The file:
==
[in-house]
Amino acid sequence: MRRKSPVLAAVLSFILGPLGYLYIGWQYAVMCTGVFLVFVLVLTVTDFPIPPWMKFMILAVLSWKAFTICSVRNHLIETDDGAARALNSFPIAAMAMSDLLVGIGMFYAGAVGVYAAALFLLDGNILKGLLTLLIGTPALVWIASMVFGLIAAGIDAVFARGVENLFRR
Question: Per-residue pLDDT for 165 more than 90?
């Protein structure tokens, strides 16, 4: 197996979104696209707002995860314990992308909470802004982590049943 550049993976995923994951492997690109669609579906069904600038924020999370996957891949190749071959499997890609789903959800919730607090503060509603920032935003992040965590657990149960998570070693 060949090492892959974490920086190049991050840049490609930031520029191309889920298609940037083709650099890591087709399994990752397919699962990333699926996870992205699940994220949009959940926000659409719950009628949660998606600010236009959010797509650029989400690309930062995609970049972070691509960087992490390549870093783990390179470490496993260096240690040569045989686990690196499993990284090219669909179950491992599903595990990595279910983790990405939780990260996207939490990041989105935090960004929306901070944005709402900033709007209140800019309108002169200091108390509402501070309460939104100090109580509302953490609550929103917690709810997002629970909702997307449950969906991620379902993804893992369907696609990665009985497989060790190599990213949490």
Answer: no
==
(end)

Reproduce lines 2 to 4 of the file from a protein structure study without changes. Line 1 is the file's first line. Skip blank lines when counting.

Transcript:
Amino acid sequence: MRRKSPVLAAVLSFILGPLGYLYIGWQYAVMCTGVFLVFVLVLTVTDFPIPPWMKFMILAVLSWKAFTICSVRNHLIETDDGAARALNSFPIAAMAMSDLLVGIGMFYAGAVGVYAAALFLLDGNILKGLLTLLIGTPALVWIASMVFGLIAAGIDAVFARGVENLFRR
Question: Per-residue pLDDT for 165 more than 90?
């Protein structure tokens, strides 16, 4: 197996979104696209707002995860314990992308909470802004982590049943 550049993976995923994951492997690109669609579906069904600038924020999370996957891949190749071959499997890609789903959800919730607090503060509603920032935003992040965590657990149960998570070693 060949090492892959974490920086190049991050840049490609930031520029191309889920298609940037083709650099890591087709399994990752397919699962990333699926996870992205699940994220949009959940926000659409719950009628949660998606600010236009959010797509650029989400690309930062995609970049972070691509960087992490390549870093783990390179470490496993260096240690040569045989686990690196499993990284090219669909179950491992599903595990990595279910983790990405939780990260996207939490990041989105935090960004929306901070944005709402900033709007209140800019309108002169200091108390509402501070309460939104100090109580509302953490609550929103917690709810997002629970909702997307449950969906991620379902993804893992369907696609990665009985497989060790190599990213949490």